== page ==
The regional government of Catalonia pressed ahead with the mock vote on November 9 even though the court had ordered that it be suspended while it considered a request from Spain's central government that it be declared unconstitutional.
Some 2.3 million people out of a total of 6.3 million eligible voters took part in the ballot. Of those who did participate 1.9 million - over 80 percent - voted in favour of independence.
The ballot was set up and manned by grassroots pro-independence organisations and held in public places such as schools.
Catalonia's conservative leader Artur Mas had argued that the referendum was legal because the result was non-binding.
But the court ruled that the referendum was unconstitutional because a regional government cannot hold a referendum on issues that concern the entire country.
Public prosecutors in November filed a lawsuit against Mas and two other Catalan government officials, accusing them of serious disobedience and abuse of public funds for going ahead with the vote.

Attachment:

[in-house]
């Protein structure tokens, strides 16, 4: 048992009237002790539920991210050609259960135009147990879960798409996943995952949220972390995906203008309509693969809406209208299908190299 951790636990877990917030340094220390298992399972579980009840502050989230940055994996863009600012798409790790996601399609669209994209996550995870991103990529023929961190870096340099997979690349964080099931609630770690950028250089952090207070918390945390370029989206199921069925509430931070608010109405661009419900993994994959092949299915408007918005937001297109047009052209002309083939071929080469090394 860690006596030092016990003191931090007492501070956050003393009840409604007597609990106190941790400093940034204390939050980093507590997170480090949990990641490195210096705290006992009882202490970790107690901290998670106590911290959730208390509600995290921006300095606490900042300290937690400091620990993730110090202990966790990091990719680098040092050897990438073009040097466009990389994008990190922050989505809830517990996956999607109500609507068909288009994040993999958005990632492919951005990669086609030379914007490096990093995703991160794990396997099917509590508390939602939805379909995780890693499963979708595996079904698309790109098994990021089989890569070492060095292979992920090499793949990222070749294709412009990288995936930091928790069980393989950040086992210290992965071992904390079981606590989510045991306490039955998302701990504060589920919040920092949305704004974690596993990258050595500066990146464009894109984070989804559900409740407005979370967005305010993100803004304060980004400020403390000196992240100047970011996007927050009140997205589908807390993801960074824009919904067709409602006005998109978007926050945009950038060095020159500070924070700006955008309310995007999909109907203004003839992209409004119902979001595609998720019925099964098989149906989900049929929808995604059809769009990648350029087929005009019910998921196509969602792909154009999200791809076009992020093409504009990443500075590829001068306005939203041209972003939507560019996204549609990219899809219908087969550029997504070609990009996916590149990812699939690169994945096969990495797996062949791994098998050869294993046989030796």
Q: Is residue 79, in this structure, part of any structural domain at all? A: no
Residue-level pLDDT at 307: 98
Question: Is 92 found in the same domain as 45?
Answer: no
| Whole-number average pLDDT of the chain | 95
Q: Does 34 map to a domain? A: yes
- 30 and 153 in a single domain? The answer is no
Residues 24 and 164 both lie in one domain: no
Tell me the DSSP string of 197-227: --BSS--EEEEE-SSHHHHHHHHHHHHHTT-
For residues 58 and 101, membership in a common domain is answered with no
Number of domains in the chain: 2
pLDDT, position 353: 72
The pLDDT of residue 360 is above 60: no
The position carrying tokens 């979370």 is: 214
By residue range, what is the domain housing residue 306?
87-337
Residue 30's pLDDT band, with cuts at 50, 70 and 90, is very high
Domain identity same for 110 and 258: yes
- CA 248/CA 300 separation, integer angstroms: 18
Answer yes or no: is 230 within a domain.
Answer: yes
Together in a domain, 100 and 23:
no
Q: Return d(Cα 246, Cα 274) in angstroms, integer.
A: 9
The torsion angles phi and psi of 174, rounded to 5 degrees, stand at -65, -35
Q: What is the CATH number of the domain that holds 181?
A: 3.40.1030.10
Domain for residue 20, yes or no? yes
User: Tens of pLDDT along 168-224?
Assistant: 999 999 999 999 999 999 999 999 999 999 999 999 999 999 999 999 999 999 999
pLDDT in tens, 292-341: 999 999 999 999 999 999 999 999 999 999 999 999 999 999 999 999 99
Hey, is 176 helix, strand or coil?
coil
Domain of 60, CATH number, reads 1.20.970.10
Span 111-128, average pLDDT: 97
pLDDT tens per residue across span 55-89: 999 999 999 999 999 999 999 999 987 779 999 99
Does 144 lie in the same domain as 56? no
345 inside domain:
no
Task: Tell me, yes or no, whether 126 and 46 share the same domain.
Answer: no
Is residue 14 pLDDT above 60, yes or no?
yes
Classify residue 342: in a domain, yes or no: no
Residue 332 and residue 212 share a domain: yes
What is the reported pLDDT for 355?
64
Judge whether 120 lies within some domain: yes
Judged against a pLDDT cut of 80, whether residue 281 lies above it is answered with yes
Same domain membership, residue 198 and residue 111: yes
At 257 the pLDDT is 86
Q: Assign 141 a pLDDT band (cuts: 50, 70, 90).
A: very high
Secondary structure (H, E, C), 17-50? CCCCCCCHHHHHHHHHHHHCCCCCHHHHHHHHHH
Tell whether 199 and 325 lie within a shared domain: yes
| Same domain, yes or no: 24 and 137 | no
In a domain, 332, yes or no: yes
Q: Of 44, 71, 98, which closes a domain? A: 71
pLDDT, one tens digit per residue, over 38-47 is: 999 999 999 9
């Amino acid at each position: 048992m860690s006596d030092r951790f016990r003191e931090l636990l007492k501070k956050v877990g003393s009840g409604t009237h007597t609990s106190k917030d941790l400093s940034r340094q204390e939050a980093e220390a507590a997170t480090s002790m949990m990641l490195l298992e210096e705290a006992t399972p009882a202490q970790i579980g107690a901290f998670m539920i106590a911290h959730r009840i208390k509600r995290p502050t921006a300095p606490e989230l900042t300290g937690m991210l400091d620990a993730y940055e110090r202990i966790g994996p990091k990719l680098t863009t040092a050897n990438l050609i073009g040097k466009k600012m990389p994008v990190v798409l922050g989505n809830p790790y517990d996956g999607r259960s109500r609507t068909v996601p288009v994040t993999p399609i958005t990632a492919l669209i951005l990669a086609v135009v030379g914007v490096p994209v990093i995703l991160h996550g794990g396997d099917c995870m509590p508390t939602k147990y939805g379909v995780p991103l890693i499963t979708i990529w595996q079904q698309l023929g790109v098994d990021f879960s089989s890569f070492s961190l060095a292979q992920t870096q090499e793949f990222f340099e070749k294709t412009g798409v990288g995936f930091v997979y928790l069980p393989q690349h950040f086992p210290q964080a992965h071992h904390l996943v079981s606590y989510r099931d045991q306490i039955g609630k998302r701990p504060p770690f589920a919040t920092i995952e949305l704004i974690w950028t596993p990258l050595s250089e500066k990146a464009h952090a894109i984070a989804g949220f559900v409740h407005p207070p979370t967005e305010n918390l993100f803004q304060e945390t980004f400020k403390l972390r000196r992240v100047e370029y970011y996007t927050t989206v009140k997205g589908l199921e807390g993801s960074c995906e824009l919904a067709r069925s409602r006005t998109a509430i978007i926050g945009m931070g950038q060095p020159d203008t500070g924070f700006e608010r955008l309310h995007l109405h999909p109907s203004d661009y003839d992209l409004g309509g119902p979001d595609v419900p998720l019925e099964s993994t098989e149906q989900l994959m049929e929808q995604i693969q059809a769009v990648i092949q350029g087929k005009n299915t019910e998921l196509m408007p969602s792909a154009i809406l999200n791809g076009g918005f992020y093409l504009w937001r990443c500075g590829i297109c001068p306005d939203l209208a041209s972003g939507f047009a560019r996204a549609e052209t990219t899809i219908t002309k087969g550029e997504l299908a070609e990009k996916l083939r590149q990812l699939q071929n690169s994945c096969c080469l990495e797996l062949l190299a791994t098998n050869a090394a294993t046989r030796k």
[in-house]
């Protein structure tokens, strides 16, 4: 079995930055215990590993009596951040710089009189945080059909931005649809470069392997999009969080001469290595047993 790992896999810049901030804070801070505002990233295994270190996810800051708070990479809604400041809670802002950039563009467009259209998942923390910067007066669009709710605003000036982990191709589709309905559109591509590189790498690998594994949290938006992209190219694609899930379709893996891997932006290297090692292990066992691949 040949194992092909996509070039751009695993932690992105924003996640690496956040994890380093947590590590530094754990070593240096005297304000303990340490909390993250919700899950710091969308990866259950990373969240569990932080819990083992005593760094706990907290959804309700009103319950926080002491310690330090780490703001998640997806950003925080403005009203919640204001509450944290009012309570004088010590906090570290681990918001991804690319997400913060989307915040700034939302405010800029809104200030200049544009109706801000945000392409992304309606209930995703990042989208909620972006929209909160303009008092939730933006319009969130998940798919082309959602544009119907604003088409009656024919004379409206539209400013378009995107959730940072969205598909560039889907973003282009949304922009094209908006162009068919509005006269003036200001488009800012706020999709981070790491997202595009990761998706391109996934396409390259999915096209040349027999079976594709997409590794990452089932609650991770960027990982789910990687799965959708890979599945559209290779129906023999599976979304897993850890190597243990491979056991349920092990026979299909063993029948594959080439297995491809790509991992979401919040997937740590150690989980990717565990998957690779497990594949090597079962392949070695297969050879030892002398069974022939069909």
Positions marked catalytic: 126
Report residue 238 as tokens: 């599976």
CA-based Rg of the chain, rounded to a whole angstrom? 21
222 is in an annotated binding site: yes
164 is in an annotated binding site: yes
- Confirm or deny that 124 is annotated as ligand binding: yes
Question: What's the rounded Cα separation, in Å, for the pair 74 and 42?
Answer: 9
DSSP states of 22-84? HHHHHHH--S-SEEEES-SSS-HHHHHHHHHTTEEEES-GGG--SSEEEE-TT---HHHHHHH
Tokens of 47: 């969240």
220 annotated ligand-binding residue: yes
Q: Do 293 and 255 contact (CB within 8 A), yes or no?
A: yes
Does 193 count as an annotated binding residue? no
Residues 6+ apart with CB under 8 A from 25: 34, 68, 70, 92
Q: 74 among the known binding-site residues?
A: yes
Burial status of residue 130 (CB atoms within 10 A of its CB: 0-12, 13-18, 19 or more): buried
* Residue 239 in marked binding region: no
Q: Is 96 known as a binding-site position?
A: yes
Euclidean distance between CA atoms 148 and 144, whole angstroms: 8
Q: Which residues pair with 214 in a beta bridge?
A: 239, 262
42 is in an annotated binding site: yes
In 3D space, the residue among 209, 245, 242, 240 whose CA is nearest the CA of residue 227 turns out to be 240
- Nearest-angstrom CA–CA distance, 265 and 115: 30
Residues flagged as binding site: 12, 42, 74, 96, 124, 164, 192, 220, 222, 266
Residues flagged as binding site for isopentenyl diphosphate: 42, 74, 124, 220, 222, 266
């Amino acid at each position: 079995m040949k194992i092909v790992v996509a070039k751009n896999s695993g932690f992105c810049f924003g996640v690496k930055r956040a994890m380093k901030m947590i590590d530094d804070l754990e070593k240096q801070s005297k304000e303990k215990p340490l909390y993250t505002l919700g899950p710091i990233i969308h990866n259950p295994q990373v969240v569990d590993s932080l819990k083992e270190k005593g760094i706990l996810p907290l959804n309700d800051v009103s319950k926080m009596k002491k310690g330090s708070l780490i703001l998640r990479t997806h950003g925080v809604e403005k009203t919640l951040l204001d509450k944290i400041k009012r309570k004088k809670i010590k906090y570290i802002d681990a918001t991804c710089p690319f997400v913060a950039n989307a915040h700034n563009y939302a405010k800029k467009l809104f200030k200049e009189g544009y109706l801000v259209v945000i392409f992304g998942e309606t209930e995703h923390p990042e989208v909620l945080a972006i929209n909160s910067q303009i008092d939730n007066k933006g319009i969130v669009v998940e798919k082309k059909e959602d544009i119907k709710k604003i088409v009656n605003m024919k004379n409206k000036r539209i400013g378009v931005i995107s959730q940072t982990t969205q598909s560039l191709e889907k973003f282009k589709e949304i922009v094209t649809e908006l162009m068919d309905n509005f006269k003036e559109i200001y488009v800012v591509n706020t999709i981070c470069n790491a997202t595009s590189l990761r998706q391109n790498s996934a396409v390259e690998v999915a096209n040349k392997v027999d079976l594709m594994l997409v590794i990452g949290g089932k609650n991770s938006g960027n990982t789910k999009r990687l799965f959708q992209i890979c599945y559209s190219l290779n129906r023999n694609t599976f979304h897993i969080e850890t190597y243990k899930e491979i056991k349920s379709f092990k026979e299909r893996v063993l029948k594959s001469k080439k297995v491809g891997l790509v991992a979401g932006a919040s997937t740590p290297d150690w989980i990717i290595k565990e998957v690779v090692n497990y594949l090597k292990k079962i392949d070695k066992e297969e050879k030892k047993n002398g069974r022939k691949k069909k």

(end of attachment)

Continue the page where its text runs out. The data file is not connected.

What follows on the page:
If successful, the legal action against Mas could block him from taking part in future elections.
Mas staged the mock referendum after the central government blocked a full-blown referendum in the courts.
He is planning to call a regional election in Catalonia on September 27 meant as a proxy vote on independence from Spain.
The ruling sparked outrage across Catalonia where it was viewed by many as another example of bullying from Madrid.
Mas insisted that Catalan voices would not be silenced. "9N cannot be erased. More than 2.3 million people voted and 40,000 volunteers helped out," he said in a statement responding to the ruling.
Tweet with the words of President Mas, sent by his press secretary.